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Is right bundle branch block related to kidney problem?

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Cardiologist, Interventional
Practicing since : 1996
Answered : 192 Questions
I have just been told my EKG shows RBBB, my blood work is all normal.I have frequent UTIs past EKG never showed this RBBB. Can RBBB just show up at age 58 or can it be related to a kidney problem?
Posted Sun, 29 Apr 2012 in Valvular Heart Disease
Answered by Dr. Raja Sekhar Varma 5 hours later

Thank you for your health query.

Can RBBB show up at age 58? Yes, it can.

Can it be related to a kidney problem? Simple UTI is usually not associated with RBBB. However, if there is any decline in kidney function with associated electrolyte abnormalities, hypercalcemia, and hypertension, yes, these can lead to RBBB. This may be reversible, sometimes; and when the abnormalities are set right, conduction of the heart may improve.

A very general information as I give here:

RBBB stands for Right Bundle Branch Block. The heart muscle normally pumps blood in a co-ordinated fashion. The co-ordinated pumping is triggered and regulated by specialized electrical activity which spreads across the heart via specialised conducting system. One such major branch of the electrical conducting system is the right bundle branch. When there is slowing of conduction or complete blockage of conduction, the ECG shows features of RBBB.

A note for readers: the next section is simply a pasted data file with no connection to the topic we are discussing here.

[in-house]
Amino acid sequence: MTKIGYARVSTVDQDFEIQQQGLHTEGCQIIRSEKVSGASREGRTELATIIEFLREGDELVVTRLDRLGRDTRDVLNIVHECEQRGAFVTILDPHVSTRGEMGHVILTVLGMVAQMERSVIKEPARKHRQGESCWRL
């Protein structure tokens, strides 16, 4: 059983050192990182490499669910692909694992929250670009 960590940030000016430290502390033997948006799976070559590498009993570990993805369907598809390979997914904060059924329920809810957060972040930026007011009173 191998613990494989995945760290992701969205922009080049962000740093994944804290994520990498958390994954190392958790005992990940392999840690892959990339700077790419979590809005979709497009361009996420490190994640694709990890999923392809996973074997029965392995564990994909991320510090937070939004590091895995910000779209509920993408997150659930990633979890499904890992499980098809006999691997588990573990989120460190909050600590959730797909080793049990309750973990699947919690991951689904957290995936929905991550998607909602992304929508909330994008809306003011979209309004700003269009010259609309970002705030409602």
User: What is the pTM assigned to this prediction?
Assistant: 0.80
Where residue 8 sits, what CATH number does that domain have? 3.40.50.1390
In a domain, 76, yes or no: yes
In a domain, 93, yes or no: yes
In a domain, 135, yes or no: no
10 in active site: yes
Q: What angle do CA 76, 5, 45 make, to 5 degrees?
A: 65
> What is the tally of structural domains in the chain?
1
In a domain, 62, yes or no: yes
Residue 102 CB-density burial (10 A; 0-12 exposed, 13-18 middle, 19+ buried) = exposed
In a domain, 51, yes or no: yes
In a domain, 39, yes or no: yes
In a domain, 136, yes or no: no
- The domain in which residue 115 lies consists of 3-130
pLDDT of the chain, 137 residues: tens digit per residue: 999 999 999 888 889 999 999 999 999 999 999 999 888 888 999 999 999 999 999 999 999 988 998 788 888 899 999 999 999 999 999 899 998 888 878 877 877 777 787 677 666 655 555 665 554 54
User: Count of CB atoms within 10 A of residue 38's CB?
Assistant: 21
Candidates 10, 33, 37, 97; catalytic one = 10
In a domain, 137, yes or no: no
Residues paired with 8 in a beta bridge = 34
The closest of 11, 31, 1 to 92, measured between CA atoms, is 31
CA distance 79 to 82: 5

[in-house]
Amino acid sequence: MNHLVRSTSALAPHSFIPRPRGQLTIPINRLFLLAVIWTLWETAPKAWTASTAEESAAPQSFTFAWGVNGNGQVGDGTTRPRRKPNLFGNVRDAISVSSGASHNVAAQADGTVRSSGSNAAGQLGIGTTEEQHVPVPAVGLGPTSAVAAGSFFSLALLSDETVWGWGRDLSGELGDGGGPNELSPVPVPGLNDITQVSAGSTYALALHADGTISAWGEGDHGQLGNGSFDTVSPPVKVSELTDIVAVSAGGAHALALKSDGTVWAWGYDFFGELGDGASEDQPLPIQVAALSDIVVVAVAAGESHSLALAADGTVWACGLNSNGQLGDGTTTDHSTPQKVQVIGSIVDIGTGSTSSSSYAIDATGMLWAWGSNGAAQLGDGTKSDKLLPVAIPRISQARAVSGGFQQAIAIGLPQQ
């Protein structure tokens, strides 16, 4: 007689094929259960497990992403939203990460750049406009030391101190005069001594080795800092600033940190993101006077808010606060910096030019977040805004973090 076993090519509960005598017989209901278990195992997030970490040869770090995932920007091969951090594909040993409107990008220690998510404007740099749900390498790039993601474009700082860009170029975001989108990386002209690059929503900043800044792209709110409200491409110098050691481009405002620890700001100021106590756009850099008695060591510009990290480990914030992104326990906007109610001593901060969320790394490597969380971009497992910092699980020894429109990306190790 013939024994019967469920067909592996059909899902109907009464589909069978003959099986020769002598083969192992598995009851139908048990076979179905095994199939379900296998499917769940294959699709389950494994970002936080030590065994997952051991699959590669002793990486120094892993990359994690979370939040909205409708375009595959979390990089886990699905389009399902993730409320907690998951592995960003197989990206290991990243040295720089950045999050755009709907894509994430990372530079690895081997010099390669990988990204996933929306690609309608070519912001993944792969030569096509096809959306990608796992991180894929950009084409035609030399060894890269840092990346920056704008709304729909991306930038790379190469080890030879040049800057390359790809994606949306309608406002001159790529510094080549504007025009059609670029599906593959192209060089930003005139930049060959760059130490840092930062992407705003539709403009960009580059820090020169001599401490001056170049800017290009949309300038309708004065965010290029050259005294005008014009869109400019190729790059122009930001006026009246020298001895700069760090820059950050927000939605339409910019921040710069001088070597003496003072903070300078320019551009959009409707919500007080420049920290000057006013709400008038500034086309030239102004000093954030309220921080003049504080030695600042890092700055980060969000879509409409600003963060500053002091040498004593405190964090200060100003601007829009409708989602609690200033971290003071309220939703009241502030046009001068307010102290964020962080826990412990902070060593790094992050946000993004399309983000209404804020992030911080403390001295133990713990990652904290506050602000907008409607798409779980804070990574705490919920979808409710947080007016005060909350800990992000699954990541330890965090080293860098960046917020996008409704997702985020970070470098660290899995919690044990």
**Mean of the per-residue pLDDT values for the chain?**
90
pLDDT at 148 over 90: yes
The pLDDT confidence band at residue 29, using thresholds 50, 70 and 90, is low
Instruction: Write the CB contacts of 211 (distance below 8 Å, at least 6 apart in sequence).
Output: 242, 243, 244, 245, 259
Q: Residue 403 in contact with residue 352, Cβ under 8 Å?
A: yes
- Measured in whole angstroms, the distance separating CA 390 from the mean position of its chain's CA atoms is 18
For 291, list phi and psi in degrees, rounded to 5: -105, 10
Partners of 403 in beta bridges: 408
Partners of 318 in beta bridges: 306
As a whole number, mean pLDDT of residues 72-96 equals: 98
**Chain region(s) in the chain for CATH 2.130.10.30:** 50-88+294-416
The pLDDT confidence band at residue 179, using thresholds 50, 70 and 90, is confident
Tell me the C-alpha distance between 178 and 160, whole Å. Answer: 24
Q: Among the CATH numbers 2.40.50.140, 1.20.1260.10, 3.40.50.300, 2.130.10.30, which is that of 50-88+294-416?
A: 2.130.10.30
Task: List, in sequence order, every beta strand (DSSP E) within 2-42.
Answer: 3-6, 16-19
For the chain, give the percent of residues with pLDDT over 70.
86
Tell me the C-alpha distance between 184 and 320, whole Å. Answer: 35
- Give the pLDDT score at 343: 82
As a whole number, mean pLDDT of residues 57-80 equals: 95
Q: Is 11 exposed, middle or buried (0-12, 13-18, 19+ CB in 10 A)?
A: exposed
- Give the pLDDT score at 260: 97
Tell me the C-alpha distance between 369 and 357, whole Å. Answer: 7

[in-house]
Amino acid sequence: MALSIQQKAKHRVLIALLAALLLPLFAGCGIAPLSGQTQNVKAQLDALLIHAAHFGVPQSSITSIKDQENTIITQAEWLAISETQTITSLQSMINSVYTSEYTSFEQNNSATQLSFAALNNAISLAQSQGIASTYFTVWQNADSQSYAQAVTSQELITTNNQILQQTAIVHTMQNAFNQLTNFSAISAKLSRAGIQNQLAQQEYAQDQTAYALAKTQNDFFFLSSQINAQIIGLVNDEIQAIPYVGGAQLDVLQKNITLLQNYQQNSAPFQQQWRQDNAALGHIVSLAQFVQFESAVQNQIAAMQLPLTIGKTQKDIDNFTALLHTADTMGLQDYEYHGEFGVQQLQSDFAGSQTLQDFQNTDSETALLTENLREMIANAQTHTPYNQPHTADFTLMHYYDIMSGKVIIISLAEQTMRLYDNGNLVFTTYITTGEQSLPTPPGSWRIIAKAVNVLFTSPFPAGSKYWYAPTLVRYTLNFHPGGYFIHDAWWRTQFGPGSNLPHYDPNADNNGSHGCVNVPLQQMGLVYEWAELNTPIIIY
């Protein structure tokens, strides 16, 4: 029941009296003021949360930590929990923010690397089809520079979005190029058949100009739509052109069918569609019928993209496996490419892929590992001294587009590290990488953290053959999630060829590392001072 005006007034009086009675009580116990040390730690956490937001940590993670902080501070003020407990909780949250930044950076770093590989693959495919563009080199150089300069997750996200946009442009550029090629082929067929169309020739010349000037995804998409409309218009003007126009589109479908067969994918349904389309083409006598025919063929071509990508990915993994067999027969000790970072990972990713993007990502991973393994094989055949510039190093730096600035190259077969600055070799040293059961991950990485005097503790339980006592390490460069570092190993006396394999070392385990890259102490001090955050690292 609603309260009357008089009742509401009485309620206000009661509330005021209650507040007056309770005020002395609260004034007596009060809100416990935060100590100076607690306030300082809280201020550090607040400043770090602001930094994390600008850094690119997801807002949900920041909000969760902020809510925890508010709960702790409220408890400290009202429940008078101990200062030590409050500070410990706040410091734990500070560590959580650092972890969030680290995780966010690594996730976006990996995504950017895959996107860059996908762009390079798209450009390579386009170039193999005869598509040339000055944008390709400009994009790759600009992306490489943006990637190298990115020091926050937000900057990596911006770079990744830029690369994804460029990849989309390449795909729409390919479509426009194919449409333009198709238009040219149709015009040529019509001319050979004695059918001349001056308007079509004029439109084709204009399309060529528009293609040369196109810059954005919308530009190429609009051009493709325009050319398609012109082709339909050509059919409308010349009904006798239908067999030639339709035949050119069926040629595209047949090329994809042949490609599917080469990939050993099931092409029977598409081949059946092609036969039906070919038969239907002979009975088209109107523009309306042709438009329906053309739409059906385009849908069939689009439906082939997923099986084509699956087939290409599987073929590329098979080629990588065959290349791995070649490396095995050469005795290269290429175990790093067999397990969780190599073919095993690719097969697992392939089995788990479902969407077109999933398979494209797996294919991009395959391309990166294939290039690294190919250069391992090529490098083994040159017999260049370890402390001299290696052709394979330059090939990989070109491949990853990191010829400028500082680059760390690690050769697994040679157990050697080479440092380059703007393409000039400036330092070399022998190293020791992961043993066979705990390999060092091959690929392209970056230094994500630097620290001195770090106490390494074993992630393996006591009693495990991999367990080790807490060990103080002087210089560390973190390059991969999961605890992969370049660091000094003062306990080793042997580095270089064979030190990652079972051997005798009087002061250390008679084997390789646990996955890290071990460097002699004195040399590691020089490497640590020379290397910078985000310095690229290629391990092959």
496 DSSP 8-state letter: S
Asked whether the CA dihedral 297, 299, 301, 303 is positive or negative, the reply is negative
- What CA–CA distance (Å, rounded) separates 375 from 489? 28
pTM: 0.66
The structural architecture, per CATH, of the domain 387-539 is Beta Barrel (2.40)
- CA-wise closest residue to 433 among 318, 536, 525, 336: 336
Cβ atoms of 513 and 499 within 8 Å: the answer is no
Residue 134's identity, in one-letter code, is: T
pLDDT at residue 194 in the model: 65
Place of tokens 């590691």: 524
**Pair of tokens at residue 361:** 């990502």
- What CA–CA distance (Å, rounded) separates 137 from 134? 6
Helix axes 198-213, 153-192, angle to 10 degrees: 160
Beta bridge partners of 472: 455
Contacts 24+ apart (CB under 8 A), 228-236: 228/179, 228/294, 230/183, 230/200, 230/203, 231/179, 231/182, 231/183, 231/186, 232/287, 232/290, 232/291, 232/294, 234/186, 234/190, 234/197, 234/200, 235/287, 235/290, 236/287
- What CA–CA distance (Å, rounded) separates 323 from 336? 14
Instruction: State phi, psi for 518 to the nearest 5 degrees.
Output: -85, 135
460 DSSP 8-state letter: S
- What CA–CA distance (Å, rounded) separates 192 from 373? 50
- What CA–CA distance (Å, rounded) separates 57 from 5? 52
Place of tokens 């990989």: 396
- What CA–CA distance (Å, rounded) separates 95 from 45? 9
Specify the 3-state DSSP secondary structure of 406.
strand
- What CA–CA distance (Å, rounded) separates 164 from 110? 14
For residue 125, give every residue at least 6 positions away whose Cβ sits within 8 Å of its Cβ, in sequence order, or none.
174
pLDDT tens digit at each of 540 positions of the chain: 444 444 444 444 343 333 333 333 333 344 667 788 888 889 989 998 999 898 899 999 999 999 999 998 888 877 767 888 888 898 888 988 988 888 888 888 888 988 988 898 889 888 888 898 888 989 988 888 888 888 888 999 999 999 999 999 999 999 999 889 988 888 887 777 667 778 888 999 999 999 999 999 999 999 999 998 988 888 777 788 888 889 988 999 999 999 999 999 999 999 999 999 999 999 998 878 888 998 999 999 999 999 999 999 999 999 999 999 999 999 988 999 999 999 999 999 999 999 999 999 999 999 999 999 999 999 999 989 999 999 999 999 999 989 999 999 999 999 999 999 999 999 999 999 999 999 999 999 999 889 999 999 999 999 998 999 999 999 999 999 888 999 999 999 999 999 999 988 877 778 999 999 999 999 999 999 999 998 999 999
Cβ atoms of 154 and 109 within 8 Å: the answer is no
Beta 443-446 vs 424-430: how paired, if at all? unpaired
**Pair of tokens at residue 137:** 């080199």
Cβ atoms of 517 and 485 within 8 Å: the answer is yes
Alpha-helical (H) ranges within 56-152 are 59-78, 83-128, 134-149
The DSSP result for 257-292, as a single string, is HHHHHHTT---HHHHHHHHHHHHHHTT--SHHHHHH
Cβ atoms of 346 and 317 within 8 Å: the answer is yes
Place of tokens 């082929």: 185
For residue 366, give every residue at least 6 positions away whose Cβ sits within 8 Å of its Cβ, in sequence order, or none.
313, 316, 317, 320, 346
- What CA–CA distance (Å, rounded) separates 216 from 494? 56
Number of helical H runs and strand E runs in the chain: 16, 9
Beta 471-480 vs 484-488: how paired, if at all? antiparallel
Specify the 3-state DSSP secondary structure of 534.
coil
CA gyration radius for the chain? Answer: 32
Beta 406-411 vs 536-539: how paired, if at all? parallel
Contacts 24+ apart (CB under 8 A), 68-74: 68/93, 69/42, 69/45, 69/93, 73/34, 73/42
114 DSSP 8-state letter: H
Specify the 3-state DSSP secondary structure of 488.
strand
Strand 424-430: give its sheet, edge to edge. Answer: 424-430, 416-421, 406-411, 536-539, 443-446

The prevalence of RBBB increases with age. There are many causes for this condition including age-related degenerative changes in the conduction tissue, ischemic heart disease, inflammations of the cardiac muscle, cardiomyopathy, any disease that puts a stress on the right ventricle leading to dilatation of the right atrium/ventricle including pulmonary embolism, like Brugada syndrome, etc. RBBB can also be seen sometimes in normal people. Sometimes, the block may be incomplete and conduction improves with slowing of the heart rate. Sometimes, the block may be functional and at other times, the block may be structural and complete.

Once there is RBBB pattern in the ECG, there are some other parameters in the ECG that you should check. What is the QRS axis? Is the PR interval normal? If there are problems with these, then it is possible that other parts of the conduction system too have some disease. Next, are there any other signs of chamber enlargement in the ECG? Is there any evidence of ischemia?

So further work-up is indicated at this stage for you to look for any of the causes of RBBB. These may include an echocardiogram, chest X-ray plus other tests as your treating doctor deems fit.

The treatment of RBBB is directed at the cause found. If it is isolated RBBB, usually only follow-up is required.

I hope this answers your query. Feel free to contact me again for any further clarifications
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